3. Create programs to integrate IPPE and APPE students into your site to maximize return on investment.

MAKING THE RESIDENCY RELEVANT: PREPARING THE PHARMACISTS FOR THEIR NEW PRACTICE

Friday, April 27, 2018 - 2:30pm - 3:30pm | Location: TBA
Activity #: 0126-0000-18-034-L04-P
Contact Hours: 1.0  | Application-based
Speaker(s): Andrew Lowe, PharmD
Target Audience: Preceptors of Residents

With an increasing number of states granting pharmacists provider status, many opportunities have arisen. Most residency programs fall short of preparing their graduates for stepping into new roles. There is a need to adjust program design by creating goal-specific training tracks, beyond the individual plans that are required by the accreditation standards. This session will give you practical ideas to prepare residents for future practice in an environment where pharmacists are faced with many new and exciting opportunities.

Learning Objectives:

  1. Work with the resident to establish goals for specific practice areas.
  2. Guide the resident toward accomplishing the goals.
  3. Assist the resident in engaging in networking activities that will enlist other professionals to help achieve the goals.
  4. Nurture the resident's passion for his/her future career.

TURNING IT AROUND: HOW TO HANDLE A FAILING MIDPOINT

Friday, April 27, 2018 - 3:45pm - 4:45pm | Location: TBA
Activity #: 0126-0000-18-027-L04-P
Contact Hours: 1.0  | Knowledge-based
Speaker(s): Melissa Kirkpatrick, PharmD, BCACP
Target Audience: Preceptors of Students, Preceptors of Residents

Many preceptors find it challenging to give adequate, constructive feedback to poorly performing learners, and many also struggle with means of correction/remediation.  This session will reveal methods to objectively identify areas of deficiency, strategies to address those deficiencies, and a discussion of how to evaluate whether learners achieve a passing grade at the end of rotation.  You’ll leave with strategies to identify deficiencies, implement a corrective plan, and evaluate the degree of improvement at the end of rotation.

Learning Objectives:

  1. Clearly Identify areas of deficiency for learners failing at midpoint.
  2. Develop strategies to address learner-specific areas of deficiency.
  3. Develop an objective metric to assess progress during latter half of rotation.
  4. Discuss strategies to evaluate whether or not to pass a struggling learner.

IMPLEMENTATION OF A MASTER PRECEPTOR PROGRAM

Friday, April 27, 2018 - 3:45pm - 4:45pm  | Location: TBA
Activity #: 0126-0000-18-017-L04-P
Contact Hours: 1.0  | Knowledge-based
Speaker(s): Valerie Clinard, PharmD , Mandy Morris, PharmD, BCPS, BCCCP & Tiffany Pon, PharmD, BCPS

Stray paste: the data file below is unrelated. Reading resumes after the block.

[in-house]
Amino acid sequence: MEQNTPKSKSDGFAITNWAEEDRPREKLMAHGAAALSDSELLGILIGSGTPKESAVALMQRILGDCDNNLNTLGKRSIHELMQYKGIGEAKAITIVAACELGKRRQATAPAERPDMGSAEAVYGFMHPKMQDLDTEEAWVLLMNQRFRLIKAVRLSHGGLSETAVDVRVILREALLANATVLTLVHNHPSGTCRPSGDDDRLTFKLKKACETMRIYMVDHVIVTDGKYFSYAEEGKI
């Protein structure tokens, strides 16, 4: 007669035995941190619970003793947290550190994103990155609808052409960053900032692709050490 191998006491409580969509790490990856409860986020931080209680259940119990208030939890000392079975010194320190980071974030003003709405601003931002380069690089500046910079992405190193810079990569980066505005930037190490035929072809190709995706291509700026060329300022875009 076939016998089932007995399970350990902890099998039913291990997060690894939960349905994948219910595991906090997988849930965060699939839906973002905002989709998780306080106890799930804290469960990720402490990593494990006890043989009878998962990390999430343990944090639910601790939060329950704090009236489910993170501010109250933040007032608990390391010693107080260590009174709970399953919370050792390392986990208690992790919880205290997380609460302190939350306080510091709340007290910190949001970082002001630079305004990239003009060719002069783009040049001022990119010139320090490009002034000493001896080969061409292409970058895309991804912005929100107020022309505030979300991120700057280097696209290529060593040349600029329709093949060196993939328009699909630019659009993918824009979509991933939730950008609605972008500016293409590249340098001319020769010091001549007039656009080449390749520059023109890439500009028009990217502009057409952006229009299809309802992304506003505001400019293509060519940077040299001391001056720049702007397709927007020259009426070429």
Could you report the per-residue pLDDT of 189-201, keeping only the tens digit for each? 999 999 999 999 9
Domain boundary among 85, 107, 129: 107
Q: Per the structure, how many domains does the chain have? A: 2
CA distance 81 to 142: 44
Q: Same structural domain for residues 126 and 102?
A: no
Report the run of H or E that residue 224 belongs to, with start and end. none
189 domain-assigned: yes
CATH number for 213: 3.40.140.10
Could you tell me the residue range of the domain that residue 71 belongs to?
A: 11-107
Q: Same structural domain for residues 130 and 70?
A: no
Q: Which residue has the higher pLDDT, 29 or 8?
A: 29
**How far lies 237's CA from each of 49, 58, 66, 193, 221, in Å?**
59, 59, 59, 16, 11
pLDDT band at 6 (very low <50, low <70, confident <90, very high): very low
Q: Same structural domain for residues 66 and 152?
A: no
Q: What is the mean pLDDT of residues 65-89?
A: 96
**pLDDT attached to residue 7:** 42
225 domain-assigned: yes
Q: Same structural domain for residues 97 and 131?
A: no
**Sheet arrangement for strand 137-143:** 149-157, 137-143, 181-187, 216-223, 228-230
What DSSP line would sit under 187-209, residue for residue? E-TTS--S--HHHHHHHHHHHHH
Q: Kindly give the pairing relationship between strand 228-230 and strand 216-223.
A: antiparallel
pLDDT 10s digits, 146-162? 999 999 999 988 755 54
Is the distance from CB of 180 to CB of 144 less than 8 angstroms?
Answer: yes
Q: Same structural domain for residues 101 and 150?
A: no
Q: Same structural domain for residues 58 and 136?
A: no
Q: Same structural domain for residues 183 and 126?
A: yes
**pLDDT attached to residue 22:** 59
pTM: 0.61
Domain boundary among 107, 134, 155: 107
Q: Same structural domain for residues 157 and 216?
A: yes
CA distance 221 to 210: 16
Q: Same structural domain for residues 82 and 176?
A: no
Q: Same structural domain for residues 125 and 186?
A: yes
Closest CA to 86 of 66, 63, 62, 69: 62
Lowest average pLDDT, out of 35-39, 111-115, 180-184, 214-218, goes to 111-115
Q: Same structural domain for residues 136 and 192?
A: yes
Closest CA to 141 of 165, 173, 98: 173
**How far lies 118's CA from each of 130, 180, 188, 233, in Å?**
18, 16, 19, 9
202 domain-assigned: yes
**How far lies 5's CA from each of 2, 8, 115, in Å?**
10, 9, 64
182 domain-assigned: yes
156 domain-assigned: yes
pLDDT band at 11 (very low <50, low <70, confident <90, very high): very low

Target Audience: Preceptors of Students, Preceptors of Residents

Preceptor development is vital for both high quality student experiential education and post-graduate resident pharmacist education. It is also required by the accrediting bodies for both Doctor of Pharmacy and residency programs (ASHP Standards and ACPE Accreditation Standards).  This program will explore the core components of a preceptor development curriculum and discuss opportunities to formalize preceptor development. Discover the opportunities and challenges with formalizing preceptor development and training through a Master Preceptor program.

Learning Objectives:

  1. Describe the core components of a structured preceptor development program.
  2. Discuss 2 benefits of a master preceptor program.
  3. Describe a site-specific deliverable developed as a program component.

STRATEGIES FOR IMPROVING EFFICIENCY, STANDARDIZATION, AND QUALITY IN RESIDENT AND STUDENT LEARNING
Saturday, April 28, 2018 - 9:00am - 10:30am | Location: TBA
Activity #: 0126-0000-18-018-L04-P
Contact Hours: 1.5  | Knowledge-based
Speaker(s): & Kendall Gross, PharmD, BCPS, BCCCPMandy Morris, PharmD, BCPS, BCCCP & Ashley Thompson, PharmD, BCPS, BCCCP
Target Audience: Preceptors of Residents

With increasing numbers of pharmacy learners at all levels and changing pharmacy practice models, new strategies are needed to maximize the efficiency of clinical teaching while continuing to deliver high quality learning experiences.  You will leave this session with resources for leveraging technology to standardize resident and student orientation, create rotations, conduct clinical teaching, and use project management while applying continuous quality improvement principles. 

Learning Objectives:

  1. Identify strategies to improve efficiency of resident and student learning experiences.
  2. Describe the role of technology in standardizing and enhancing learning delivery.
  3. Examine effective quality improvement measures for program evaluation.

RESILIENCY MEDICINE: IMMUNIZING FOR STRESS
Saturday, April 28, 2018 - 9:00am - 10:30am Location: TBA
Activity #: 0126-0000-18-015-L01-P
Contact Hours: 1.5  | Application-based
Speaker(s): Eleanor M. Vogt, BSPharm, MEd, PhD
Target Audience: Preceptors of Students, Preceptors of Residents

The evidence abounds.  A compelling body of research estimates that psychosocial stressors can play a contributing role in aggravating and even initiating pathology.  Patient stress can limit the efficacy of our efforts to achieve optimal care management AND our own practitioner stress can lead to errors in judgment, dissatisfaction and burnout.  Preceptors, don’t miss this experiential workshop.  We will explore tools, techniques and resources to help build resiliency for ourselves, our patients and our students.

Learning Objectives:

  1. Demonstrate and immediately experience easy to use techniques, insights and perspectives to improve their own wellbeing.